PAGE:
Dr Jared Thomas

Recipient of the Tirkapena Indigenous Award 2021

Dr Jared Thomas, a Nukunu man from the Southern Flinders Ranges, is a curator, arts administrator, international award-winning author and change maker. 

A penchant for storytelling is fundamental to Jared’s work as the Research Fellow, Aboriginal and Torres Strait Islander Material Culture and Arts at the South Australian Museum and UniSA.

The Museum is home to the world’s largest collection of Aboriginal cultural material, comprised of more than 30,000 objects.

“Every object holds a story about the wonders of life on the Australian continent,” said Jared.

“Aboriginal Australia is the longest continuous living culture on the planet, there’s so much scope to transform the world’s understanding of Aboriginal people and culture.”

Prior to joining the Museum, Jared was the Manager of Aboriginal and Torres Strait Islander Arts and Culture at Arts South Australia. He has also been a lecturer at the University of South Australia, focusing on the politics of Indigenous representation in literature, film and media as well as the relationship between representation, policy and public conversation.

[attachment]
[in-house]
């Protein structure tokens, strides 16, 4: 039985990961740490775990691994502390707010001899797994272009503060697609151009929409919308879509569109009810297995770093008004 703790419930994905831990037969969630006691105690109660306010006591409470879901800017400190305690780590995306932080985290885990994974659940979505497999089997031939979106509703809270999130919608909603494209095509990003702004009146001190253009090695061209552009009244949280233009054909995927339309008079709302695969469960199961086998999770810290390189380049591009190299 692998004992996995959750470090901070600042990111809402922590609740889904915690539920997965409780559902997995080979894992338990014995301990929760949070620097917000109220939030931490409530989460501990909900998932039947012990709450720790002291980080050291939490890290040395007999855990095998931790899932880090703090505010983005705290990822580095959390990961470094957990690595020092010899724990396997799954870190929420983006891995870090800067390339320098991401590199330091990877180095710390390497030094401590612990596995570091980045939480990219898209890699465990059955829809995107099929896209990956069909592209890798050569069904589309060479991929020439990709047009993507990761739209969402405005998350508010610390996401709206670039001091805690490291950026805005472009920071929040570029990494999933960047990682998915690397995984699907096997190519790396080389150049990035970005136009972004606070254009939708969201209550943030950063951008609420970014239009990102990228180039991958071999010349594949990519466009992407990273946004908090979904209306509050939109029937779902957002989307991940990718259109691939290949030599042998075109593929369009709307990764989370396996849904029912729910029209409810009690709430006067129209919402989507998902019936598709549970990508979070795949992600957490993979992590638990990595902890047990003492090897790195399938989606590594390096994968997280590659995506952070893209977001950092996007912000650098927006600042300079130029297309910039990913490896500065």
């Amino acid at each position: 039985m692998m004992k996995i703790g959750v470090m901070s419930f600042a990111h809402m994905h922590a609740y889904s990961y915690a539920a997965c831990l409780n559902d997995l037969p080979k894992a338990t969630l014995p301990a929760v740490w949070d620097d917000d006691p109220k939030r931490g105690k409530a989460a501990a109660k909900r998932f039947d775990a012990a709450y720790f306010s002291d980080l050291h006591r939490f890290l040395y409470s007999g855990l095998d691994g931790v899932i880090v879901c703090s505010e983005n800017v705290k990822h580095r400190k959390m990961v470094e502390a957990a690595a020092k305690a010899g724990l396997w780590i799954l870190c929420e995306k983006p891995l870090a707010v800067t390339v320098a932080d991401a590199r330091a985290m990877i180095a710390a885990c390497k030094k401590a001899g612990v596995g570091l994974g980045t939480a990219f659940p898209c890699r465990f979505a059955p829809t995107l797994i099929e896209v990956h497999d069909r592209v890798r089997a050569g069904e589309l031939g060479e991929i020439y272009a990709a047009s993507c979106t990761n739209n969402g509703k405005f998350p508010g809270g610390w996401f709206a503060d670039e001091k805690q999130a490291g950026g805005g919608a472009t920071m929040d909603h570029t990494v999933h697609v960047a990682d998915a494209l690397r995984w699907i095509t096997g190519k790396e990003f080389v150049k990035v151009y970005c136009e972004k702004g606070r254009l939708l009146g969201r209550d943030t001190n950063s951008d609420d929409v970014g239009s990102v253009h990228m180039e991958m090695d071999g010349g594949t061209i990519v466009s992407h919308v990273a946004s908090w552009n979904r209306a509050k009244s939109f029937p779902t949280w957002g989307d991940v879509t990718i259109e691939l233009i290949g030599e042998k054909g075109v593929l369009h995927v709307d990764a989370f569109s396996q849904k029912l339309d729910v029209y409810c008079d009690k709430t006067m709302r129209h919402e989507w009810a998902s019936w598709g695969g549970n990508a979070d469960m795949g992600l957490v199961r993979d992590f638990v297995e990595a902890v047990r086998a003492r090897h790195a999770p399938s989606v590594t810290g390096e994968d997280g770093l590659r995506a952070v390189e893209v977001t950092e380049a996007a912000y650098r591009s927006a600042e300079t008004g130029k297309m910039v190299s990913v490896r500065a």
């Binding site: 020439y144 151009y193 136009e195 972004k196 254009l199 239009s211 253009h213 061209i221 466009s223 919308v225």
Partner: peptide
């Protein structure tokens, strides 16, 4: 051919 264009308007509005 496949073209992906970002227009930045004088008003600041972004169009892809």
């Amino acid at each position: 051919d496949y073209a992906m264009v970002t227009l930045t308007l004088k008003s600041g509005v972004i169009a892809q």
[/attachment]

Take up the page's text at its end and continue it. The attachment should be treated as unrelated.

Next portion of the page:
In 2019, he received a Churchill Fellowship to ‘investigate colonised people’s interpretative strategies in permanent gallery displays in America, Canada, New Zealand and Norway.’

Currently, he is a member of the Australia Council for the Arts Aboriginal Strategic Initiatives Panel, a board member of Arts Law, as well as an Ambassador for the Indigenous Literacy Foundation.

These sustained contributions to his field in both a professional and volunteer capacity have positively impacted outcomes for Aboriginal and Torres Strait Islander communities.

Winner of the Tirkapena Indigenous Award, Jared said, “Success for me is bringing change for other people.”

“It’s not so much about what I can accomplish individually, it’s really about seeing that people have a better understanding of Aboriginal life, culture and aspirations.

“It’s seeing that young people have improved literacy, have a better understanding about Aboriginal and Torres Strait Islander culture, and that Aboriginal people are participating as much as possible in our cultural institutions, our education systems and our public life.”

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